DuPont Engineering Polymers recently announced plans to roll out two new bio-polymers in 2007.
Both take advantage of a patented single-step fermentation process that DuPont has developed to turn corn sugar into propanediol (PDO). This Bio-PDO can be used to make variety of plastics, cutting down on the use of petrochemicals. The company's new bio-polymers will come in two flavors at first.
One combines Bio-PDO and terephthalic acid into a material called polytrimethylene terephthalate. That's a mouthful, but DuPont will market the material under the easy-to-pronounce "Sorona" moniker. About 37 percent of the material's content will come from renewable resources, reports Nandan Rao, global vice president of technology for DuPont Performance Materials. He says Sorona, which can be reinforced with glass, has properties that will let it compete with popular engineering resins from a mechanical properties standpoint. "It performs and molds very much like PBT," he notes. DuPont has already worked with a customer to run in in tools for electrical connectors, for example. The other material will be a new thermoplastic elastomer, a version of the company's Hytrel. It, too, will use Bio-PDO, though here it will be the basis for the polyol that forms the material's soft segment. Renewable content for this elastomer will range from 40 to 60 percent, with softer grades containing proportionally more of the renewable PDO. The new Hytrel, likewise, performs much like its non-renewable counterparts — and may even have a slight advantage in elastic recovery over the material's continuous use temperature range (-40 to 130C). Potential applications include automotive ductwork, CVJ boots and airbag components.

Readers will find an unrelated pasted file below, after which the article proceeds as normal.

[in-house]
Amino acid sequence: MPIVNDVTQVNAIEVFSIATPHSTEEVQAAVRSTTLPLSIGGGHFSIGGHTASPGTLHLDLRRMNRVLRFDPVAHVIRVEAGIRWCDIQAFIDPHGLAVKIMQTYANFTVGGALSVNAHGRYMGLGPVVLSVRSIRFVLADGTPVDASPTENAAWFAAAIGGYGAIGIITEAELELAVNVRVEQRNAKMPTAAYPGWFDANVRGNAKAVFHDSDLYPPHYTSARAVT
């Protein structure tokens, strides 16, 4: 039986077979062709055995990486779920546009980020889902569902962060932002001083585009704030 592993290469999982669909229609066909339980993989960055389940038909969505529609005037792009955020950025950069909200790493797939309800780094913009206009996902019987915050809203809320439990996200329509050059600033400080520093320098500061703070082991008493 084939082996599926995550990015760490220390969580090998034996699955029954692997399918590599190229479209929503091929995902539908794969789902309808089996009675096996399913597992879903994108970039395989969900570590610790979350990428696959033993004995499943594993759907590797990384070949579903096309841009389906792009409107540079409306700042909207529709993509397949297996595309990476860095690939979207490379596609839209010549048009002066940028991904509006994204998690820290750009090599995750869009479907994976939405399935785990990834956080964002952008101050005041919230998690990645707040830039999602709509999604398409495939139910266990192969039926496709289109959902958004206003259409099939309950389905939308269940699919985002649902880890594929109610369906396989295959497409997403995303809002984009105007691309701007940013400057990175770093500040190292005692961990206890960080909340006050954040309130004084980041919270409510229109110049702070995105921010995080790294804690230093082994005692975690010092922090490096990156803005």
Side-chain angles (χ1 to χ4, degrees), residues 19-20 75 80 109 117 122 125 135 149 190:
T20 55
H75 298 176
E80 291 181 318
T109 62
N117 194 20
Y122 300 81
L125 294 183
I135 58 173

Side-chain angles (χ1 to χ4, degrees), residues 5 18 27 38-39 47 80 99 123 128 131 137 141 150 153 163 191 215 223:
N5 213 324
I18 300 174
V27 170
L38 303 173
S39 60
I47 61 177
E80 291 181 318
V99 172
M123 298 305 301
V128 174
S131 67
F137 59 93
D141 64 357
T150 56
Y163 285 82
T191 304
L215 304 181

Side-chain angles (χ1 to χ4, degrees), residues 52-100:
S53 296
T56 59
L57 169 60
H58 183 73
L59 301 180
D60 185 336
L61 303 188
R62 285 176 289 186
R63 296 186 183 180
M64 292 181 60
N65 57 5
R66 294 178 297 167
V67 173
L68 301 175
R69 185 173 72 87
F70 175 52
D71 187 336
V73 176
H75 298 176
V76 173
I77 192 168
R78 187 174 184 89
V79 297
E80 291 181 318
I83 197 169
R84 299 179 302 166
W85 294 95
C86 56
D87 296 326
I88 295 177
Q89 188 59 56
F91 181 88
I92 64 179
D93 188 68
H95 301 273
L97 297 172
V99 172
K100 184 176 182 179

Truchard will be presented the award at the 2014 Golden Mousetrap Awards ceremony during the co-located events Pacific Design & Manufacturing, MD&M West, WestPack, PLASTEC West, Electronics West, ATX West, and AeroCon.
In a bid to boost the viability of lithium-based electric car batteries, a team at Lawrence Berkeley National Laboratory has developed a chemistry that could possibly double an EV’s driving range while cutting its battery cost in half.
For industrial control applications, or even a simple assembly line, that machine can go almost 24/7 without a break. But what happens when the task is a little more complex? That’s where the “smart” machine would come in. The smart machine is one that has some simple (or complex in some cases) processing capability to be able to adapt to changing conditions. Such machines are suited for a host of applications, including automotive, aerospace, defense, medical, computers and electronics, telecommunications, consumer goods, and so on. This discussion will examine what’s possible with smart machines, and what tradeoffs need to be made to implement such a solution.